Like a homophobe, his stereotyping, reliance on anecdotal anti-vegan sentiment,  and offensive depiction distracts from any need to substantiate the lifestyle, and he allows his personal opinion to obscure facts. We all know plenty of tired, depressed and irritable non-vegans, but that’s rarely blamed on their diet.

The article is in partial earnest; he makes some valid observations about the need to recognize animals as individuals with complex emotional lives, but misses many glaring flaws. The story is riddled with Alan’s eagerness to believe what every “humane” farmer who loves their animals to death (literally?) has to say, and he seems to want nothing more than permission to continue eating animals minus his new-found guilt. He devours  the humane myth as quickly as he would a lamb chop that was cuddled before killed.

Jamie Bissonnette of Coppa in Boston prepared meat from pigs that he had fed and touched, which raised this ethical point: “I felt the pressure. I had to do them justice.”

These humane killers (let’s be honest, that is what they are claiming to be) wax poetic about raising, naming, loving and then killing animals as if there are no other options for survival. As if breeding and slaughtering animals is somehow unavoidable; if we must kill animals, let us do it with love, right? The flagrant flaw is the fact that we have other options – kinder options, more ecologically sound and healthful options – and they’re more than brown rice and tofu, contrary to what Richman would have us believe.

“I traveled to farms raising animals in North Carolina, Michigan, and Massachusetts, where I was awed not only by the humane treatment of cows, pigs, goats, and sheep but also by the commitment of the people caring for them,” he says. Then later, “After this trip, I cooked ethically raised lamb at home and expounded on the fine existence the animal had led. A guest pushed her plate away and said queasily, “You sound like a funeral director.”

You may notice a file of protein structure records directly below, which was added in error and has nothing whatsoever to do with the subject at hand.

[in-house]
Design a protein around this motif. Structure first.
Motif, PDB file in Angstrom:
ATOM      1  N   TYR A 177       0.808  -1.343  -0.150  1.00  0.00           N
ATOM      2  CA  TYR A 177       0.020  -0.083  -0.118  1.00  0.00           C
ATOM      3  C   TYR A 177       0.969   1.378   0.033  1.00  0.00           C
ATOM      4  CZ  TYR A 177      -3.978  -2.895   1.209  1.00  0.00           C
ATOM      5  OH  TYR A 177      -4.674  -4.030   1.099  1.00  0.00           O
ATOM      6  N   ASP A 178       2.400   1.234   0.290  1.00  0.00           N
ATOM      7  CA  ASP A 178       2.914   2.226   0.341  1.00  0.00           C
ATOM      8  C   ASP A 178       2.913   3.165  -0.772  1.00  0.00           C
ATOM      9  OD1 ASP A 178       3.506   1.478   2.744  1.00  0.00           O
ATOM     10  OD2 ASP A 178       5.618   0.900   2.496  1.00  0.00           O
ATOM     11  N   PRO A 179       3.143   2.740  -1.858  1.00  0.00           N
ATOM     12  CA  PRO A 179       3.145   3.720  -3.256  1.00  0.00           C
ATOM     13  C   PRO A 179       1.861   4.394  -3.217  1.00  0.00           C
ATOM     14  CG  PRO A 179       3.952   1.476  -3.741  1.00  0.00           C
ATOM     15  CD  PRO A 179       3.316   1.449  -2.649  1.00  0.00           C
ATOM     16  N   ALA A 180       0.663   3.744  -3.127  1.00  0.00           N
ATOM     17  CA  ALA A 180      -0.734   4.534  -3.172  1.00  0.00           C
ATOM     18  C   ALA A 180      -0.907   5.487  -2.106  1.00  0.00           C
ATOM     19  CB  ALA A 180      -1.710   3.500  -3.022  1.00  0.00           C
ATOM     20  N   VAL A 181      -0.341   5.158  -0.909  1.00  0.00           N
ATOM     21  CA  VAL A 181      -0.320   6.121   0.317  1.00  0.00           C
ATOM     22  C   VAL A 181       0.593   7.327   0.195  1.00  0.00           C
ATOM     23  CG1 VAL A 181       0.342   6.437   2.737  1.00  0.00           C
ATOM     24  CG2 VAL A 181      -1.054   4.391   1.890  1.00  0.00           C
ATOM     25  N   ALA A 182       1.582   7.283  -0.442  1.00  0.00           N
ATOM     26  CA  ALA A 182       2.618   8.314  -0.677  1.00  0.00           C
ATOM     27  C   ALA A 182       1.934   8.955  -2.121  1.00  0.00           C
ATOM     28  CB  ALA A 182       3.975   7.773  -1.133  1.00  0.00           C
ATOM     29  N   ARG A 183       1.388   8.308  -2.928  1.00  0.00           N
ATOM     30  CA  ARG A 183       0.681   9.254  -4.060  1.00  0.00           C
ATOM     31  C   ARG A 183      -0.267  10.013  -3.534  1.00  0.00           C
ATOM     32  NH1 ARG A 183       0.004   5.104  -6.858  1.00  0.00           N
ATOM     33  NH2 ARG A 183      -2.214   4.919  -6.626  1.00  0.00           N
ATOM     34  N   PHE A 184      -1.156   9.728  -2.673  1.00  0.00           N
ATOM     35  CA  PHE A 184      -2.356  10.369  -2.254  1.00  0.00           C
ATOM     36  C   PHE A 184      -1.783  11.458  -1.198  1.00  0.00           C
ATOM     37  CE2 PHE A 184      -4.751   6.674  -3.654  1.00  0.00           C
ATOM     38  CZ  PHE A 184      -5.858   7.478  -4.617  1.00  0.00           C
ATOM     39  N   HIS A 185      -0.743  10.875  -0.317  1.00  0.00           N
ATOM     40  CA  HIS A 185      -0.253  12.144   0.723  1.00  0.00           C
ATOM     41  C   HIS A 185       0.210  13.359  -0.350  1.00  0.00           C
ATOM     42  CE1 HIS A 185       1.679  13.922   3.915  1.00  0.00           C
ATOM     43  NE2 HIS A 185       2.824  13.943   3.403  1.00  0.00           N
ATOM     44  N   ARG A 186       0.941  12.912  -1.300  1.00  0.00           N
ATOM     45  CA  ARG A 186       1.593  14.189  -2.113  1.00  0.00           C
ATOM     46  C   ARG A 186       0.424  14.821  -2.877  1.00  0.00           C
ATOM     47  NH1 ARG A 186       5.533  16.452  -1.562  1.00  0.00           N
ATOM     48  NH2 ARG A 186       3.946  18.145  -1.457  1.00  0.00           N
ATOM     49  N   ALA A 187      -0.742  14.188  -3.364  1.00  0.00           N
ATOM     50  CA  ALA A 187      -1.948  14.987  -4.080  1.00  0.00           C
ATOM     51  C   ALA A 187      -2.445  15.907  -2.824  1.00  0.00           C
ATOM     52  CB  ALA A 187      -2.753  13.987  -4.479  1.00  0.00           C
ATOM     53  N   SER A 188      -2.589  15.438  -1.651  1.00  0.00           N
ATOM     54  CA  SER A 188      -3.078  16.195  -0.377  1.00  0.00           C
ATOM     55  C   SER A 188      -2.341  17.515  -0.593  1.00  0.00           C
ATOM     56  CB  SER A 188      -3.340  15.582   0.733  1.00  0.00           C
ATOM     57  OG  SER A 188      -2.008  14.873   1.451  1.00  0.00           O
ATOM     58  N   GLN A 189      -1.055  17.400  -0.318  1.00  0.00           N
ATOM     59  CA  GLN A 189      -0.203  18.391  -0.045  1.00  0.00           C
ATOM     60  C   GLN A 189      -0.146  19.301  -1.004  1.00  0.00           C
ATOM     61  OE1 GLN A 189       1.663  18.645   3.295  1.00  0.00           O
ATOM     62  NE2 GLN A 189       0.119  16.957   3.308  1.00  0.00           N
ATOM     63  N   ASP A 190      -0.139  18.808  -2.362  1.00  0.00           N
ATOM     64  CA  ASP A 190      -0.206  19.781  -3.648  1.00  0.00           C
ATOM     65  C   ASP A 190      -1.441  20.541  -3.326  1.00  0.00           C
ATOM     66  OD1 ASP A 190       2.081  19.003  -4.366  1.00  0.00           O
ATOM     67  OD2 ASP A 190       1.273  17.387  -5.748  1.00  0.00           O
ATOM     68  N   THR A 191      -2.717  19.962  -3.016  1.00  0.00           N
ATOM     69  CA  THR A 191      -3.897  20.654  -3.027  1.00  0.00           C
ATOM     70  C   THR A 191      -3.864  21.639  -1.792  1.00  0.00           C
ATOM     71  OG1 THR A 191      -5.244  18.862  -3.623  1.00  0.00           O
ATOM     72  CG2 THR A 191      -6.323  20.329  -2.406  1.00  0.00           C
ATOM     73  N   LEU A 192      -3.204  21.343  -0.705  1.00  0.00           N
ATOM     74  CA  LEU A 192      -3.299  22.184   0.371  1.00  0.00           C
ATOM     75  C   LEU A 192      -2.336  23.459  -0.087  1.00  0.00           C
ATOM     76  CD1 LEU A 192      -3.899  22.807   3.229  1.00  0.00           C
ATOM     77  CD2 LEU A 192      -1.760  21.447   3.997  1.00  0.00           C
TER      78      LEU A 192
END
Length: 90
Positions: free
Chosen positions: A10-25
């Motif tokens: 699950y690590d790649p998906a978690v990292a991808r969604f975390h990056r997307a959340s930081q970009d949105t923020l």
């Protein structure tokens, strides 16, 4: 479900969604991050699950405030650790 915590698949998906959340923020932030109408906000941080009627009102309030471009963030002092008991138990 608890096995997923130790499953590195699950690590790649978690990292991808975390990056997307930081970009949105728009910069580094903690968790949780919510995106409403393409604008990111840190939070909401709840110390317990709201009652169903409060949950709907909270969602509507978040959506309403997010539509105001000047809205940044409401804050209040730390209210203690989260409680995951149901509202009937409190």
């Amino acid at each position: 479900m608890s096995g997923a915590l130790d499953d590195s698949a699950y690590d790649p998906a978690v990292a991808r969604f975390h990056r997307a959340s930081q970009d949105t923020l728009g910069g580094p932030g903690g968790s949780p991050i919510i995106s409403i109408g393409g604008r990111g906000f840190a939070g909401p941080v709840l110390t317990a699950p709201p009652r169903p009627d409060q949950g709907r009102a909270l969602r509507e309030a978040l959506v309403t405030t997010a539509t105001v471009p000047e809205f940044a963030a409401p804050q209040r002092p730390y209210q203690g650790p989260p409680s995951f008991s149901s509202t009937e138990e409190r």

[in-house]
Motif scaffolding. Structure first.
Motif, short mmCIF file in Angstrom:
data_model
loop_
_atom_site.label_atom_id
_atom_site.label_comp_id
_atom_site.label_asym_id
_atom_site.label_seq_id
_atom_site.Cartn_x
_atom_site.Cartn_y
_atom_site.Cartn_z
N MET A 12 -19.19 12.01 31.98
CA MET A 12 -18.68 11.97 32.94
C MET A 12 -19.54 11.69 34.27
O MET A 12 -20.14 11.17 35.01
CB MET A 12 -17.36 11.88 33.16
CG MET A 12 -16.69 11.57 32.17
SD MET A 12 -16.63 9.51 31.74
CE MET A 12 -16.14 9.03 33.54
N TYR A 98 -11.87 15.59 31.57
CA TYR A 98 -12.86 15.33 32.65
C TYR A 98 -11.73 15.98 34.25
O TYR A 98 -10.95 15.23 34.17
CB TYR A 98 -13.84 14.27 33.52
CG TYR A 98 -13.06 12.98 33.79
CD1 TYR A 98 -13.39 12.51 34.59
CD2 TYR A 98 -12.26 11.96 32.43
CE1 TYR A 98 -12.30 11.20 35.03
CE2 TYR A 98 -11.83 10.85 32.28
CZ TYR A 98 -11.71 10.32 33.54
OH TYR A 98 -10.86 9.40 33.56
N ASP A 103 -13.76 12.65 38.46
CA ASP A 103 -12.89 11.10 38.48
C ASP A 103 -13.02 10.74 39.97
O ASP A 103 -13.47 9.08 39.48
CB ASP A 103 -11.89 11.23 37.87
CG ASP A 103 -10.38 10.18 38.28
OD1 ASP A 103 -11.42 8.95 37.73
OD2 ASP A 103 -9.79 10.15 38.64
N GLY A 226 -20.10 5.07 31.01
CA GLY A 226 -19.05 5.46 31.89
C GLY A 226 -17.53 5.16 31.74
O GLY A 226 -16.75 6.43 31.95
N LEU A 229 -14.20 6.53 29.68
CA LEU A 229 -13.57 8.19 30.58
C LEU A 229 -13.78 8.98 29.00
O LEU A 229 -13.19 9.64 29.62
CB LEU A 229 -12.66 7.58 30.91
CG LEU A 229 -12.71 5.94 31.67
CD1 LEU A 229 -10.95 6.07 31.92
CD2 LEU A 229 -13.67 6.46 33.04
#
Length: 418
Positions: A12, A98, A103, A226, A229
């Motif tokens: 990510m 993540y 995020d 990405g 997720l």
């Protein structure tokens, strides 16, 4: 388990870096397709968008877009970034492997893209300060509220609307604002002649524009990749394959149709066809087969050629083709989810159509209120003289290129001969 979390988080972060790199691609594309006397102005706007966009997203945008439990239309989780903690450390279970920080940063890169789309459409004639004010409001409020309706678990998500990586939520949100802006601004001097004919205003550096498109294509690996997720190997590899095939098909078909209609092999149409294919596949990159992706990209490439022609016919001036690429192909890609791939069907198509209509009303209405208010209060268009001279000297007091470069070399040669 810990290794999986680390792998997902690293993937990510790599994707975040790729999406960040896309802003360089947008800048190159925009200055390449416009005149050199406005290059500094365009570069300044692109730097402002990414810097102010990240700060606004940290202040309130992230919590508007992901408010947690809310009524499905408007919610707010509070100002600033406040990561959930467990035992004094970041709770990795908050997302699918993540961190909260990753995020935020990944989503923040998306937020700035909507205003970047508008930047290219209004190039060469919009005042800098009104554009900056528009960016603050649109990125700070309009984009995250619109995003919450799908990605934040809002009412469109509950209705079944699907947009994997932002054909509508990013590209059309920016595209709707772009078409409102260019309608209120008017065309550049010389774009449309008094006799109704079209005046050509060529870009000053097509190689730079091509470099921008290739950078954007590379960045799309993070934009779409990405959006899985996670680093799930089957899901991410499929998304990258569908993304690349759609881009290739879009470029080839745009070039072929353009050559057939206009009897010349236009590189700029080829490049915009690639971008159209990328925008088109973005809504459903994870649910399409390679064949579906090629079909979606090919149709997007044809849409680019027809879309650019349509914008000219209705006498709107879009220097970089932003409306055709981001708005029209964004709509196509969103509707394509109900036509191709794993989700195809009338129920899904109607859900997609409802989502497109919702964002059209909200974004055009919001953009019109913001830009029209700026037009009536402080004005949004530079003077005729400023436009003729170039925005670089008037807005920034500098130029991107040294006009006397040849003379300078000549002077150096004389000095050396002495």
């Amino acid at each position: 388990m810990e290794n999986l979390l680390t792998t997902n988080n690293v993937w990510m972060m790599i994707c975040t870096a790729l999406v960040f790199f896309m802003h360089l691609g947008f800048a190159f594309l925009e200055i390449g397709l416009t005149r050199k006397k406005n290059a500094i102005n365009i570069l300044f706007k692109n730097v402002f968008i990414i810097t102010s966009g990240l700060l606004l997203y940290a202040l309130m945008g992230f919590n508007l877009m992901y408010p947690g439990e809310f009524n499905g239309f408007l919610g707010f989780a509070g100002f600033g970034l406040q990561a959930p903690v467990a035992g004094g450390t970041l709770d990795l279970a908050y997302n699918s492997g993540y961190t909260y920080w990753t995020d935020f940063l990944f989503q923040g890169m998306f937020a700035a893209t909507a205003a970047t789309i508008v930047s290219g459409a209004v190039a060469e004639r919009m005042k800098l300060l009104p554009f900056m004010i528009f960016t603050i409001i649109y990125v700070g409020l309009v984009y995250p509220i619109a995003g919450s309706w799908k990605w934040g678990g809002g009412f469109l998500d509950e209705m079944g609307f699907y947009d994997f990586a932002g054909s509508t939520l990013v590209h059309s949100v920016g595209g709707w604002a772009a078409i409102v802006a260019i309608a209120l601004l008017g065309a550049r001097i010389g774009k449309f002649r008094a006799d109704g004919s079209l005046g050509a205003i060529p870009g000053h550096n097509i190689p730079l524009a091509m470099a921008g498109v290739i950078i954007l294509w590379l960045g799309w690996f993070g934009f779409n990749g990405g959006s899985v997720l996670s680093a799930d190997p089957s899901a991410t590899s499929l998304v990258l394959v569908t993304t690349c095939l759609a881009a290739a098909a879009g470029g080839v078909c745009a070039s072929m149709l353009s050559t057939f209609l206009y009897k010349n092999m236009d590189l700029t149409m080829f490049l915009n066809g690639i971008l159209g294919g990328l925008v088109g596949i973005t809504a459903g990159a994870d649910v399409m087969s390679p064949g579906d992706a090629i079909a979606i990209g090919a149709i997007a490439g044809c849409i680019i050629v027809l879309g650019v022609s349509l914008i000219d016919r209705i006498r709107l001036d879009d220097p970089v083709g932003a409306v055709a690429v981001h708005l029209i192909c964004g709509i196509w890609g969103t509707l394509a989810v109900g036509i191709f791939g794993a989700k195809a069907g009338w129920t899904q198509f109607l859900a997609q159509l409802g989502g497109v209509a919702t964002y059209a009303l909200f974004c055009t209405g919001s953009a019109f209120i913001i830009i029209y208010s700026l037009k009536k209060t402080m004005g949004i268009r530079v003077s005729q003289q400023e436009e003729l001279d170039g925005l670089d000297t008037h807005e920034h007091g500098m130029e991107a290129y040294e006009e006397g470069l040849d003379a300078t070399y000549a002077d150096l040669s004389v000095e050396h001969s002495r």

In all the discussion of fantasy-farms where the animals are treated like family (that are killed and eaten), the darkest parts of animal agriculture are left out. The continuous pregnancies dairy cows must endure, only to have the mother-child bond that nature intended destroyed as their children are torn away and turned into veal or more dairy cows so we can drink the milk meant for the baby. He never mentions how mother cows bellow for days after this. Nor does he talk about the unwanted male chicks who are ground up live or suffocated to death because they have no economic value (they do not lay eggs), or the fact that even “grass-fed” and “humane” meats end up at the same, horrific USDA slaughterhouses. The list goes on.

Like the twisted logic of an abuser who justifies his violence by saying it comes from a place of love, Richman writes “Nobody loves pigs more than Ed Mitchell, chef and co-owner of The Pit, in Raleigh, North Carolina…”. Actually, Alan, I’d ague that people who rescue pigs from those that would slit their throats and devour their bodies, love them more.

The solution is simple. Go vegan.